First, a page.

The New York City Marathon push-rim wheelchair winners Tatyana McFadden,...

The New York City Marathon push-rim wheelchair winners Tatyana McFadden, left, and Kurt Fearnley pose at the finish line with their medals and laurel wreaths on Sunday, Nov. 2, 2014. Credit: Joseph D. Sullivan

Kurt Fearnley called Sunday's men's wheelchair competition in the New York City Marathon "the most interesting wheelchair race that I've ever been involved in." And he had a lot to do with that.

Fearnley, a 33-year-old Australian, won the event for a fifth time, and he did so by bursting from fifth place to first from a six-man pack that raced wheel-to-wheel the final 50 yards.

"We had a pack of 12 or 13 guys for the majority of the race," Fearnley said, "and then me and Tomasz Hameriak were able to get a breakaway, then see the peloton bringing us back. And then to outsprint six men by half a second, this is why we do what we do. This will go down as one of my most memorable."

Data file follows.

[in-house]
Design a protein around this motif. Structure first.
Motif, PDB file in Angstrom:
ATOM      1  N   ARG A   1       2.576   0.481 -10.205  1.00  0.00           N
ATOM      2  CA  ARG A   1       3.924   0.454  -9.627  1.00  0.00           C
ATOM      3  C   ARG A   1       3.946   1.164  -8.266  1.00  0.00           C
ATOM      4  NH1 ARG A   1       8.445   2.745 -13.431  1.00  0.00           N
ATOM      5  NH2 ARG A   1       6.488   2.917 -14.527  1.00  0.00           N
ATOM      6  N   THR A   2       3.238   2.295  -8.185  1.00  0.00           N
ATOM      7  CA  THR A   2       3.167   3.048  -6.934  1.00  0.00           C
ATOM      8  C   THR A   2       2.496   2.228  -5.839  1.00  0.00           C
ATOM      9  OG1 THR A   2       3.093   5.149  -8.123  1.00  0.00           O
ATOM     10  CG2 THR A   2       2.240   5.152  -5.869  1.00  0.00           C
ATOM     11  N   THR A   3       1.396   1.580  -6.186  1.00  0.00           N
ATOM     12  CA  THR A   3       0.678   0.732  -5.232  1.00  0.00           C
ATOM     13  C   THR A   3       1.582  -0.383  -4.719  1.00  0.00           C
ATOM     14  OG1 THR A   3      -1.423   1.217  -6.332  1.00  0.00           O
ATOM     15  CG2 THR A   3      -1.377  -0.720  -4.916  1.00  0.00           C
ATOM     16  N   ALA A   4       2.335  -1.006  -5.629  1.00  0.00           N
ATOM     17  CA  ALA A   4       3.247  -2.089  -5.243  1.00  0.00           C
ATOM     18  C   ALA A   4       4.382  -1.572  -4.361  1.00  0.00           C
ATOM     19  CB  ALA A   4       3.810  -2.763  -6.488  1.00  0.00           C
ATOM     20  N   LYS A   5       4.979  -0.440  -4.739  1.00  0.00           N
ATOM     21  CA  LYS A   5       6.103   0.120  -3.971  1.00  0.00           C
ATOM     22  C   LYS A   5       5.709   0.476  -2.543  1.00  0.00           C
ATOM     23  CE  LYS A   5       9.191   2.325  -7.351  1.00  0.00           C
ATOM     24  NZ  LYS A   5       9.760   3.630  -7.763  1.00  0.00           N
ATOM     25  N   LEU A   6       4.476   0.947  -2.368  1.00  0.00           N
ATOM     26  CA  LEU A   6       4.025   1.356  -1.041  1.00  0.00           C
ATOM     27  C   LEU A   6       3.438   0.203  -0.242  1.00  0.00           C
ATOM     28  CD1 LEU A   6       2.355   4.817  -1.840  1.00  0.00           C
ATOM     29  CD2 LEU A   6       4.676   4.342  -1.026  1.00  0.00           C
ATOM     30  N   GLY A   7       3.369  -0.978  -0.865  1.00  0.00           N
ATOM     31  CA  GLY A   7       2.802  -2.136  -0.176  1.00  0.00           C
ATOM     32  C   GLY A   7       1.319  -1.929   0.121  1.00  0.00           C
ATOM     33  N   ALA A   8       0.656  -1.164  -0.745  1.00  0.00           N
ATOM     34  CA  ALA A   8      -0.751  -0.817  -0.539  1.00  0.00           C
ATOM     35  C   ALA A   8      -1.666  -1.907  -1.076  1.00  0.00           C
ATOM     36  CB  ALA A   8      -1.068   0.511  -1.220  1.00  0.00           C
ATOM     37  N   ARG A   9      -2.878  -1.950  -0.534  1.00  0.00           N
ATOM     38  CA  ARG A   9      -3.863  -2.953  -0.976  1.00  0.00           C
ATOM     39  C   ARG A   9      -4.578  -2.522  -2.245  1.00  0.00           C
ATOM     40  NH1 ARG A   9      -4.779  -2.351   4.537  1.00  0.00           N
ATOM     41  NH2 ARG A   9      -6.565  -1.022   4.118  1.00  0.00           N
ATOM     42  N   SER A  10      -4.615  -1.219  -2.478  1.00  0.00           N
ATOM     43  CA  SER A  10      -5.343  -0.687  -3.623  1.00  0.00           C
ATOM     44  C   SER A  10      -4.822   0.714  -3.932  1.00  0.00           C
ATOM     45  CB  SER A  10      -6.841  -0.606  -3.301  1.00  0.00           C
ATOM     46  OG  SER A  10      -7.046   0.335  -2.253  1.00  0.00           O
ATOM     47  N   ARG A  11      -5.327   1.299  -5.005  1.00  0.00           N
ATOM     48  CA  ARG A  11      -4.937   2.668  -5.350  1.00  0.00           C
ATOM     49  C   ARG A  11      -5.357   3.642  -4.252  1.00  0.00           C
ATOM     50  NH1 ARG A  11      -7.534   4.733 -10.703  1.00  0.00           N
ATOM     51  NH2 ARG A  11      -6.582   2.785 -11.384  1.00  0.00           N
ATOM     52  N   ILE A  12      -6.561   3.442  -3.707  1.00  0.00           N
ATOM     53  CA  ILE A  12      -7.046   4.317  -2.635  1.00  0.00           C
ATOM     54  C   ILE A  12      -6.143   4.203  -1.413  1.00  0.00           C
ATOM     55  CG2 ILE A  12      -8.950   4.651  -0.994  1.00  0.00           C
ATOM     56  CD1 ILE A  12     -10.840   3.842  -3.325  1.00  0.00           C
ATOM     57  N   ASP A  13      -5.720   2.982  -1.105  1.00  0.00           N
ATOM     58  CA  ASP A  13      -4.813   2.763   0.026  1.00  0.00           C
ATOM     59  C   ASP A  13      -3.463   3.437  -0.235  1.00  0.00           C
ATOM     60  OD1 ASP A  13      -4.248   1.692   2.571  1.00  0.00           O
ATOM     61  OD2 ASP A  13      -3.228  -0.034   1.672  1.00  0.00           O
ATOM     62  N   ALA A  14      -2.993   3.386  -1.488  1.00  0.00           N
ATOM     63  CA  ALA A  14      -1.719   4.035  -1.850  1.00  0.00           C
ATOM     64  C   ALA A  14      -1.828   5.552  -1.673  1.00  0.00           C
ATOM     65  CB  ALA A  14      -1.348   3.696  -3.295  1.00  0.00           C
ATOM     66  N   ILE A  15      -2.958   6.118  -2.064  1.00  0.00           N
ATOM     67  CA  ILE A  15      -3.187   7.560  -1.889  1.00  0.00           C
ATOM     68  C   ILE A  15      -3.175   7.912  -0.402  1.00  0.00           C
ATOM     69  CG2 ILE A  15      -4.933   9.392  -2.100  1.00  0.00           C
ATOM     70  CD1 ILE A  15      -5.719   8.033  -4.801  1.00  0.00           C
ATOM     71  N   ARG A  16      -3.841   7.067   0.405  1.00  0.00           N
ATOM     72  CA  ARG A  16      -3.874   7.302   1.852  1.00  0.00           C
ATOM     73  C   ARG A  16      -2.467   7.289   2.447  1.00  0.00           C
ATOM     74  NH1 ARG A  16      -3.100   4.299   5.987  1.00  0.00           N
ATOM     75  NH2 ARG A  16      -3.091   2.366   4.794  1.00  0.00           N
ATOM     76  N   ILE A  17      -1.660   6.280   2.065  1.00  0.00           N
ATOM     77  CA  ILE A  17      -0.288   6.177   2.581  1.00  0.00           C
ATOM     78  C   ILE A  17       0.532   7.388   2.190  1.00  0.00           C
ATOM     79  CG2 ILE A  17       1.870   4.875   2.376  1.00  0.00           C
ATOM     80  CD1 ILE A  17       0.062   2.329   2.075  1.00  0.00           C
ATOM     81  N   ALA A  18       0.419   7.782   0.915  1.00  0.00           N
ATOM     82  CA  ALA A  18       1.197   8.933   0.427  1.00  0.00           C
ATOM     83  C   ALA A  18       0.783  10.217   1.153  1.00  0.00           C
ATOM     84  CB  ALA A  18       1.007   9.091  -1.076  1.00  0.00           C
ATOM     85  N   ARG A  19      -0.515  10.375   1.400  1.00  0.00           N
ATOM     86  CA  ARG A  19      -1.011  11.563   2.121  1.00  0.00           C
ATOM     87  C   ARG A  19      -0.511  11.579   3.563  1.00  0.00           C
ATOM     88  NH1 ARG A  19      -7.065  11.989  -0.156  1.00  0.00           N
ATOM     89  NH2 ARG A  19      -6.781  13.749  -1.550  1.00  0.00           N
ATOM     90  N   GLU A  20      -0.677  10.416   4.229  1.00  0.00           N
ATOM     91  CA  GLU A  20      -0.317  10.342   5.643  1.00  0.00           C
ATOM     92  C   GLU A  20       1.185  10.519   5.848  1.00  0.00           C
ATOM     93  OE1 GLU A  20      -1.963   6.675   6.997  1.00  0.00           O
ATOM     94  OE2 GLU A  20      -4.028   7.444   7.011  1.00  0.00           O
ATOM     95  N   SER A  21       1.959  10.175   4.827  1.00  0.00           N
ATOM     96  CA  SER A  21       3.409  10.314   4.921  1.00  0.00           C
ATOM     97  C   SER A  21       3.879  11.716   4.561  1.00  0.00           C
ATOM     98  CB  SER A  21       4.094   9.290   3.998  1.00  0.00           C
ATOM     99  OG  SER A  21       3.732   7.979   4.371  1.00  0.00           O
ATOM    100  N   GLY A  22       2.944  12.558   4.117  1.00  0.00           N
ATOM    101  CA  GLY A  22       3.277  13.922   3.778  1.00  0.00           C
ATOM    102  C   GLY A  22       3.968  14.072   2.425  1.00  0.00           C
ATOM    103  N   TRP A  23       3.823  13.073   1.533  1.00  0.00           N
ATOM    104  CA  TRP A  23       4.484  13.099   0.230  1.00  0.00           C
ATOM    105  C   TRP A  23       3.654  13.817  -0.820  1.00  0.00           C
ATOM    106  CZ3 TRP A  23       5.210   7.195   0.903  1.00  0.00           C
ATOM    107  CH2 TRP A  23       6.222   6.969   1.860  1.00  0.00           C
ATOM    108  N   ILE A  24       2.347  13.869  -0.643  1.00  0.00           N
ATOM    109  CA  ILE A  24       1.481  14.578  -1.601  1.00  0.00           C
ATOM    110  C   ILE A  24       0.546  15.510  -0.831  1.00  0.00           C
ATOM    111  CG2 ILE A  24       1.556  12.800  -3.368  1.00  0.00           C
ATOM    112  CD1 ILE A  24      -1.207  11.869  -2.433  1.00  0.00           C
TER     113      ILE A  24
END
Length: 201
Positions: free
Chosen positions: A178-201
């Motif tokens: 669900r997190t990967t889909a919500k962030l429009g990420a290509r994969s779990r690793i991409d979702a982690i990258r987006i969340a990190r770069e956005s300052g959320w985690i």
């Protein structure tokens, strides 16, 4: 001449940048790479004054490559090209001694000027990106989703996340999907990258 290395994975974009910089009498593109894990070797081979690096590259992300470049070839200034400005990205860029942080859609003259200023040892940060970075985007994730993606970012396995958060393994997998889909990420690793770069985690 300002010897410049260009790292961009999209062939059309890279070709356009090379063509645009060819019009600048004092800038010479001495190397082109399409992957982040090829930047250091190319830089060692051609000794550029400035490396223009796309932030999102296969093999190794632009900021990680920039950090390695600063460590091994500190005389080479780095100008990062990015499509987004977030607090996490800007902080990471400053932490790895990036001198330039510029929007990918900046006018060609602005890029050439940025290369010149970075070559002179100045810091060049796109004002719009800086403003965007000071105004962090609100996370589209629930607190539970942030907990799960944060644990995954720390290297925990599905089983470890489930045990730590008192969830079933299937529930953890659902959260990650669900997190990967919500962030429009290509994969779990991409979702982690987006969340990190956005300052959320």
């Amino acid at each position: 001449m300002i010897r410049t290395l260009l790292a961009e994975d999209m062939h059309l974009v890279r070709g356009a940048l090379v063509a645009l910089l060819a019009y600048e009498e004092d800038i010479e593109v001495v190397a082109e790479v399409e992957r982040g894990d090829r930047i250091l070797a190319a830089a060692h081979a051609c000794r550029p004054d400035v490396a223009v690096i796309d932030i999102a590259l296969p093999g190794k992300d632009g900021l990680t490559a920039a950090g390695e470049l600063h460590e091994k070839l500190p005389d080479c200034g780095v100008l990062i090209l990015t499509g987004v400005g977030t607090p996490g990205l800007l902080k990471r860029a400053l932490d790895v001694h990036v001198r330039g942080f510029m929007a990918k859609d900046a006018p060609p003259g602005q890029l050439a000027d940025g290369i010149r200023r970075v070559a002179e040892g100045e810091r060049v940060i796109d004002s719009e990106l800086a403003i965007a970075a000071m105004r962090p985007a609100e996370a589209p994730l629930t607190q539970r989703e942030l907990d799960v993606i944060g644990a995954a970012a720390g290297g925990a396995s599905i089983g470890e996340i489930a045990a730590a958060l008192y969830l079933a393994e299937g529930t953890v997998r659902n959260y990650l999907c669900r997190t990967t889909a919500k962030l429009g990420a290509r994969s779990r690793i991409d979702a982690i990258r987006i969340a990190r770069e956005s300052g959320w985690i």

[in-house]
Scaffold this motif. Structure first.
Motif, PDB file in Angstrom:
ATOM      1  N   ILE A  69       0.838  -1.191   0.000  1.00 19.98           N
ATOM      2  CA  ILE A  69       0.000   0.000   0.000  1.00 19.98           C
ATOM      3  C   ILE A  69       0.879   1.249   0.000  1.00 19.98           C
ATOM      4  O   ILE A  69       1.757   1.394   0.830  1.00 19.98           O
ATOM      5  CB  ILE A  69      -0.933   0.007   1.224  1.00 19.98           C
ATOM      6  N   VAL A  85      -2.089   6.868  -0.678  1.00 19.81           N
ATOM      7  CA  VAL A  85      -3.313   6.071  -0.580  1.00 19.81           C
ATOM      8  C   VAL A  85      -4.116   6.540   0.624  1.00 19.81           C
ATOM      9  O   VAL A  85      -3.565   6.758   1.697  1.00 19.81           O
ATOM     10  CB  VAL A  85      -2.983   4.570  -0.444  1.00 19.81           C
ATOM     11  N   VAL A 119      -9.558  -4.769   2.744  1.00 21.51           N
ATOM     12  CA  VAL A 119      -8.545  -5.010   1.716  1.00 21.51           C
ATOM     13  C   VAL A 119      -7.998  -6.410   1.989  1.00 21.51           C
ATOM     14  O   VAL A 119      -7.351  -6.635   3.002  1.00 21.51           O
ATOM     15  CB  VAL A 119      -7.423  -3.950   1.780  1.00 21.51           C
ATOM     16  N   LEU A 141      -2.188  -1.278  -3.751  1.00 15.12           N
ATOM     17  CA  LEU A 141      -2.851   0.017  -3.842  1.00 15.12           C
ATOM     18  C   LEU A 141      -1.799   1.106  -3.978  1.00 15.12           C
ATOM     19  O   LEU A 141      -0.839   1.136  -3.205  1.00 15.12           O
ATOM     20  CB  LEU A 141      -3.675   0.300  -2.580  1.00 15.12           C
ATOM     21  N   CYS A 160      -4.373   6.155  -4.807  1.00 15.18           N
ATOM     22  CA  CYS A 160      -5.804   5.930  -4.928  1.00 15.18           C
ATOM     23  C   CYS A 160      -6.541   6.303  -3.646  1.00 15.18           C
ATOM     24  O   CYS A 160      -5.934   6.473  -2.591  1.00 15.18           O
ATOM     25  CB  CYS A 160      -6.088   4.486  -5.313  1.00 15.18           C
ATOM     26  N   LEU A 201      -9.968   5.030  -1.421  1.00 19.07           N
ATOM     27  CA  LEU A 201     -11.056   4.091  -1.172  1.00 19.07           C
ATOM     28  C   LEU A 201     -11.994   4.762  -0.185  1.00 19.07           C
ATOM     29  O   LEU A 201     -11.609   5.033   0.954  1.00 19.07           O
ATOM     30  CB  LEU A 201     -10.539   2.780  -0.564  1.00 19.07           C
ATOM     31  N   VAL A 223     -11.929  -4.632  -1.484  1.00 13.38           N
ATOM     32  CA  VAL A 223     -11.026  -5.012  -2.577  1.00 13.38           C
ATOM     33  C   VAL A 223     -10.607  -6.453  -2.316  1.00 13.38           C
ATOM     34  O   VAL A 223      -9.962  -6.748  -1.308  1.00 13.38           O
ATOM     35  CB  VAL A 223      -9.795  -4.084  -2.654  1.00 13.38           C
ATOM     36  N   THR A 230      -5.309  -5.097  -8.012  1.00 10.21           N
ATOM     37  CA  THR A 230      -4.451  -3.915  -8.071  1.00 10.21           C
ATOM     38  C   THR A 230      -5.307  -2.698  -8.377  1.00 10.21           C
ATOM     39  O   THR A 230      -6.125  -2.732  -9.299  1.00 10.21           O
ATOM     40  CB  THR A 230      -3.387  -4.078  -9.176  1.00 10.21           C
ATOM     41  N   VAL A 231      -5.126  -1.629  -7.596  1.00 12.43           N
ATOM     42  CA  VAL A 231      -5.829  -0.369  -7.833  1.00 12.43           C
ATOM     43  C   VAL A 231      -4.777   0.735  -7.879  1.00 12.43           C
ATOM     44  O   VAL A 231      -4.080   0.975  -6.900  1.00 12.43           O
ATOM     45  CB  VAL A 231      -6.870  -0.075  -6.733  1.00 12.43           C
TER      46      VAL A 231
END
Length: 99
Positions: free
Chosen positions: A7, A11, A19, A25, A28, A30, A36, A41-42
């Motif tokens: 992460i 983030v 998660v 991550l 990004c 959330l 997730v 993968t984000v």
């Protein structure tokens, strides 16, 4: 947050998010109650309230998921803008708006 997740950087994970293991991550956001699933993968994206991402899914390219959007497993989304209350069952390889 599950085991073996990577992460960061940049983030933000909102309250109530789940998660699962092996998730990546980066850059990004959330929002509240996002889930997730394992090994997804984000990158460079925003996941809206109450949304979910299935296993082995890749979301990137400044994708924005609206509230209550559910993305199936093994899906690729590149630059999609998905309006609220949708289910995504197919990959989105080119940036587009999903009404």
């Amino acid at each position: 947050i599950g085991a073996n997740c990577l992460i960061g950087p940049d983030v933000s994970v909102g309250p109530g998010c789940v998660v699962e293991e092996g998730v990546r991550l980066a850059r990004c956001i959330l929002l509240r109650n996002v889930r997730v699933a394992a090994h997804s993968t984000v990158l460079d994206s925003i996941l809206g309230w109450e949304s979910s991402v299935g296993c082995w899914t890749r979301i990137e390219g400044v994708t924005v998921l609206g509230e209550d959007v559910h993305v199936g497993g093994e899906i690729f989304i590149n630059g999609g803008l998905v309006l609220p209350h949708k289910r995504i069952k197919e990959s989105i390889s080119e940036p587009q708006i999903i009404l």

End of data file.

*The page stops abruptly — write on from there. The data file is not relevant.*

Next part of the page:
Wind shortens course

Fearnley's time of 1 hour, 30 minutes, 55 seconds, can't compare to previous wheelchair marathons because, shortly before the race, organizers turned the 26.2-mile distance into a 23.2-miler. Wind gusts were so strong that it was decided not to have the wheelchair athletes traverse the Verrazano-Narrows Bridge. Instead, they started three miles into the course, on the bridge's Brooklyn side.

In memory of Ryan

The 15th finisher in the men's marathon was 28-year-old Stephan Shay, who was running in memory of his brother Ryan. On Nov. 3, 2007, in the U.S. Olympic trials marathon that was staged on a different Manhattan course the day before the annual New York City race, Ryan Shay, 28, collapsed and died 5.5 miles into the race with a heart attack.

Stephan Sunday passed the spot where his brother died, near the Central Park boathouse, 24.5 miles into the 26.2-mile run. Stephan finished in 2:19:47.

Tall order

The man with a marathon name -- Dikembe Mutombo Mpolondo Mukamba Jean-Jacques Wamutombo -- ran the last leg of the NBA Relay and declared himself "glad to take part in such a wonderful event."

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